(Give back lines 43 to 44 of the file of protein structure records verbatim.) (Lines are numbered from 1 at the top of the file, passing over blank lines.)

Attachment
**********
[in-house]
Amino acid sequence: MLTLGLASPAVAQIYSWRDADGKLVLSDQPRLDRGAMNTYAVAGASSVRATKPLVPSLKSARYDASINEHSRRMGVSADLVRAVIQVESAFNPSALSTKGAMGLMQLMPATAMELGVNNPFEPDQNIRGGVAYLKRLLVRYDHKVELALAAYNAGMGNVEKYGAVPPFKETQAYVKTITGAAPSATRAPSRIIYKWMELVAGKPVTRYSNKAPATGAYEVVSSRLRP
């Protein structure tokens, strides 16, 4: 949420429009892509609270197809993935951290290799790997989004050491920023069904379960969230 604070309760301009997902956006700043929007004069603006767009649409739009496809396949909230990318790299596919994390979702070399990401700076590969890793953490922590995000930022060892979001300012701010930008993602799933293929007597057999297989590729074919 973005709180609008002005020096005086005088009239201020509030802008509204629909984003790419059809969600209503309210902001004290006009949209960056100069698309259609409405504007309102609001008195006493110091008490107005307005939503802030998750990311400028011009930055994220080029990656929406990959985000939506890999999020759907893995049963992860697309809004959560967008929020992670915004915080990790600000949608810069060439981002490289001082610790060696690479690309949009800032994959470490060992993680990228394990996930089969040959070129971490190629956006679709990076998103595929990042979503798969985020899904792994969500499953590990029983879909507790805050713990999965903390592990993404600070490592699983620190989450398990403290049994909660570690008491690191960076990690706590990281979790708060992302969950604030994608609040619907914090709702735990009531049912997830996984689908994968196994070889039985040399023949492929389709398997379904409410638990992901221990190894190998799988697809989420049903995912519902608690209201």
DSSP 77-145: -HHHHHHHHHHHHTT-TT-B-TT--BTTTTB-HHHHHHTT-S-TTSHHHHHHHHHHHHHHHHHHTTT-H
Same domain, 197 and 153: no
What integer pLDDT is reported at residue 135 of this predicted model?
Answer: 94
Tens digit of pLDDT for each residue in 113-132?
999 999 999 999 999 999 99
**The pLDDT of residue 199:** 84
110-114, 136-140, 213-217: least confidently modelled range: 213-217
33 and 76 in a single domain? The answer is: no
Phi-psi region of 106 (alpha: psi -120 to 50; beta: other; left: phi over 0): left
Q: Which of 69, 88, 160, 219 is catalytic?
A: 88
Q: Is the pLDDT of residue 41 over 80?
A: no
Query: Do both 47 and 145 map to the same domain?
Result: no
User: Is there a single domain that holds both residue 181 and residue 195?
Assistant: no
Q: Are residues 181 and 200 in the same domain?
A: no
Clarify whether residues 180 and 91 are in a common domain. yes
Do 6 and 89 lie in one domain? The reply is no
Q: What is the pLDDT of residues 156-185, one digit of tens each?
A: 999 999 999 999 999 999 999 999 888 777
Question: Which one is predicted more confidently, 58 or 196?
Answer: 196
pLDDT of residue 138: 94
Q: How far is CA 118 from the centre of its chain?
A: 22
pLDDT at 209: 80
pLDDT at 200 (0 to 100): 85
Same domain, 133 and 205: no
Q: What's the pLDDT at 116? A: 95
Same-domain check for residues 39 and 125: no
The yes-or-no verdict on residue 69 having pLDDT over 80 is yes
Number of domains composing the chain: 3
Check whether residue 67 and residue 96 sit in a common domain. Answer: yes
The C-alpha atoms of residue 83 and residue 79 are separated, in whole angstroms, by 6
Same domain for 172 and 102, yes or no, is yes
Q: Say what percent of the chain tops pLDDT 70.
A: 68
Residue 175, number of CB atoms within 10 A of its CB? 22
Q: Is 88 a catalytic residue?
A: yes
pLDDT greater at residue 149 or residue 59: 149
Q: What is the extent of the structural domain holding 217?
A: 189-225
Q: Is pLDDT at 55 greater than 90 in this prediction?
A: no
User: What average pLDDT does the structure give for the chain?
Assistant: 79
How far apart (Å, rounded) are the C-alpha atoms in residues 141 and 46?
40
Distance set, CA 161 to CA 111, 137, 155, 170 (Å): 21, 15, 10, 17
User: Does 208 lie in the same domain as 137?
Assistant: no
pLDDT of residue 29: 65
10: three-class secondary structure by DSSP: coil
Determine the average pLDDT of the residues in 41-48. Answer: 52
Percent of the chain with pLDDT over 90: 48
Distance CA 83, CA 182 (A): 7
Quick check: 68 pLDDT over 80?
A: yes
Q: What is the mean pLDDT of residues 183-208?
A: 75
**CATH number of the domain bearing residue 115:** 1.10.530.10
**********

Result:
Q: Say what percent of the chain tops pLDDT 70.
A: 68